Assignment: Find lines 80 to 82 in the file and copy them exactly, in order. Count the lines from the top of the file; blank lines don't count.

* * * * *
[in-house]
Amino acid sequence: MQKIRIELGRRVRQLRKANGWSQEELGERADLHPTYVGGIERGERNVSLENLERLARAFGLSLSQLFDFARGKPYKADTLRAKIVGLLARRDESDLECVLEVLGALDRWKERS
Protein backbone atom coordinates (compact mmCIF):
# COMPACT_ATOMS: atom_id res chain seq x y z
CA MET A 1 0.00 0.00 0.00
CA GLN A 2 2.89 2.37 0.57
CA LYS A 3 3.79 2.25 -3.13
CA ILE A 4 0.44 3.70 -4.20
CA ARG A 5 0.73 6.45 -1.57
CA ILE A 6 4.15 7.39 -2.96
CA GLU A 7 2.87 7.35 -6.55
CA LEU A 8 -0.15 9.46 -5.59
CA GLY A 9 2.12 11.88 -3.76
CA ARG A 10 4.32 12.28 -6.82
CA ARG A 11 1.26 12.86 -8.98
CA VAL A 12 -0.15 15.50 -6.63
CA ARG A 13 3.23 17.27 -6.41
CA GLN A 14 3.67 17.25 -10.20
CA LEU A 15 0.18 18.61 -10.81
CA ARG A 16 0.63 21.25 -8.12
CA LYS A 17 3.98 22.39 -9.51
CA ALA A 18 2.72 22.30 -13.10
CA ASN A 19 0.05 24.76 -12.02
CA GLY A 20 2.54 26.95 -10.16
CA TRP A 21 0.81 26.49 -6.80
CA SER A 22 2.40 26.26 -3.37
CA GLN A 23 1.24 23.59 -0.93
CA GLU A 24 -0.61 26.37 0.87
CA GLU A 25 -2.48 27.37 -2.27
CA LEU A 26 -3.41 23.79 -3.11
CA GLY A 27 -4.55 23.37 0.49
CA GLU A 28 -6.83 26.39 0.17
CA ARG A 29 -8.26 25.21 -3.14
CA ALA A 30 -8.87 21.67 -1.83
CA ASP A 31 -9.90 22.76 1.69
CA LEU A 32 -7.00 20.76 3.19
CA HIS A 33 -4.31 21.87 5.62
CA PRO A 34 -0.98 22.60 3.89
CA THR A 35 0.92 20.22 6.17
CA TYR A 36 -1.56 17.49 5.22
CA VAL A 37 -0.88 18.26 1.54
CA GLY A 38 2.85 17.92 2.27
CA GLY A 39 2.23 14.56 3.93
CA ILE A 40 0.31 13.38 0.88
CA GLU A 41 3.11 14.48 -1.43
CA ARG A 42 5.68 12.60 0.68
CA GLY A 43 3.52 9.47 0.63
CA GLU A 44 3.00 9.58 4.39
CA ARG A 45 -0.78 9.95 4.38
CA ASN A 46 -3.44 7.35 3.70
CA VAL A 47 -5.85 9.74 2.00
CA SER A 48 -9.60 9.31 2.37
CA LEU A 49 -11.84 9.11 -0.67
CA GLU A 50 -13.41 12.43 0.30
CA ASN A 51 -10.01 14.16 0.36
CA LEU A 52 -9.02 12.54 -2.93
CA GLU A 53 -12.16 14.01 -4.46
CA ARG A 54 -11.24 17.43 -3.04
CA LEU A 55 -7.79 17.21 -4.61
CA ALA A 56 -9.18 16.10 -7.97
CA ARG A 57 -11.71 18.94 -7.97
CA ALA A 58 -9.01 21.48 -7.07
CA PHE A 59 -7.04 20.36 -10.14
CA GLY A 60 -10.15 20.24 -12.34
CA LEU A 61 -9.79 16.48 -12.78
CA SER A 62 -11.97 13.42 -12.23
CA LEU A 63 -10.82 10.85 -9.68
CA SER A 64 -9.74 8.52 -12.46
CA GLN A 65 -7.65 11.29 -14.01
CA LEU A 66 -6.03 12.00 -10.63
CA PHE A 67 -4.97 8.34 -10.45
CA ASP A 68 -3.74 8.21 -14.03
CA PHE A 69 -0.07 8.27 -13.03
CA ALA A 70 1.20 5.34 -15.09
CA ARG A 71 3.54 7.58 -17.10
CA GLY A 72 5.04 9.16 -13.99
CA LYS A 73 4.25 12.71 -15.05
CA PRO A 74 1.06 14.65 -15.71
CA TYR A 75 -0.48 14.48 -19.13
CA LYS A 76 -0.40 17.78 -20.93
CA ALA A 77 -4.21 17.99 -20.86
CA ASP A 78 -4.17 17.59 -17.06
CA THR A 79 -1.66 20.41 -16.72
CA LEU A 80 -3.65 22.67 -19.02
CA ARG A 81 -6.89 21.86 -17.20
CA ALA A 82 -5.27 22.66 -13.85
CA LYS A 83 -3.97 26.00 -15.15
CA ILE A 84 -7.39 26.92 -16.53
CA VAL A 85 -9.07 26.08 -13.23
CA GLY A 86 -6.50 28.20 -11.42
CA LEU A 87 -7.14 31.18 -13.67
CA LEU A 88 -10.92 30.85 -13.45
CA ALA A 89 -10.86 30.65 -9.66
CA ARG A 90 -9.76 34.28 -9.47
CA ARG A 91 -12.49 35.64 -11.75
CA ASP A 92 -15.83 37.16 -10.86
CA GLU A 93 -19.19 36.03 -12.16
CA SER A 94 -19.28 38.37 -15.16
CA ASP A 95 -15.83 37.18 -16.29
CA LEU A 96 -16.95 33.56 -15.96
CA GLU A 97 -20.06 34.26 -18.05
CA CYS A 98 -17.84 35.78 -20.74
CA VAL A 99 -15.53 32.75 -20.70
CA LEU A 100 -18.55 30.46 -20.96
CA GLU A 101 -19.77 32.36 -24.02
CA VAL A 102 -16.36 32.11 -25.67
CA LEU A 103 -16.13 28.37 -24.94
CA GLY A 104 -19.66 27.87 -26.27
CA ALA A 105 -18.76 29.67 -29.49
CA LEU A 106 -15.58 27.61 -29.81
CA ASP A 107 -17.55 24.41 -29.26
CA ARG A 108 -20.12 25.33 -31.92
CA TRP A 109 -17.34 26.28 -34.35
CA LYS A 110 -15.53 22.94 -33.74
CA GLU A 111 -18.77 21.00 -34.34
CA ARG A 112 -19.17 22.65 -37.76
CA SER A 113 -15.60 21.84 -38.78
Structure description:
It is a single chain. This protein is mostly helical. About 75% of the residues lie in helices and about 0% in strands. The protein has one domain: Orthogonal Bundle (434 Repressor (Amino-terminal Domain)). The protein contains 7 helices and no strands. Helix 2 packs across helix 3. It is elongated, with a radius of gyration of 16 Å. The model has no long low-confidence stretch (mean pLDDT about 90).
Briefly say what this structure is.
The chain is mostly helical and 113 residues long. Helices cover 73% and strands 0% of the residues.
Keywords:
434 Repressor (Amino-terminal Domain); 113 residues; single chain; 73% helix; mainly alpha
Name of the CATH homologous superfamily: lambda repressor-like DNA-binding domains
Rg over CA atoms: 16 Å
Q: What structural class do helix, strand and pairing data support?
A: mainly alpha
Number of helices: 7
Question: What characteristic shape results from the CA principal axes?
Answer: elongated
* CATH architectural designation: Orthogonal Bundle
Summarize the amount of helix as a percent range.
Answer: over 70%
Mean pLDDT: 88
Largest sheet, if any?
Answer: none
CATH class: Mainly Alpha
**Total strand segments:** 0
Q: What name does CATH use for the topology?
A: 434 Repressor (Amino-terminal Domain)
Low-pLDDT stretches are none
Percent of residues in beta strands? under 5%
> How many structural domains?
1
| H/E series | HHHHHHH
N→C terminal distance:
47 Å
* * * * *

CA LYS A 76 -0.40 17.78 -20.93
CA ALA A 77 -4.21 17.99 -20.86
CA ASP A 78 -4.17 17.59 -17.06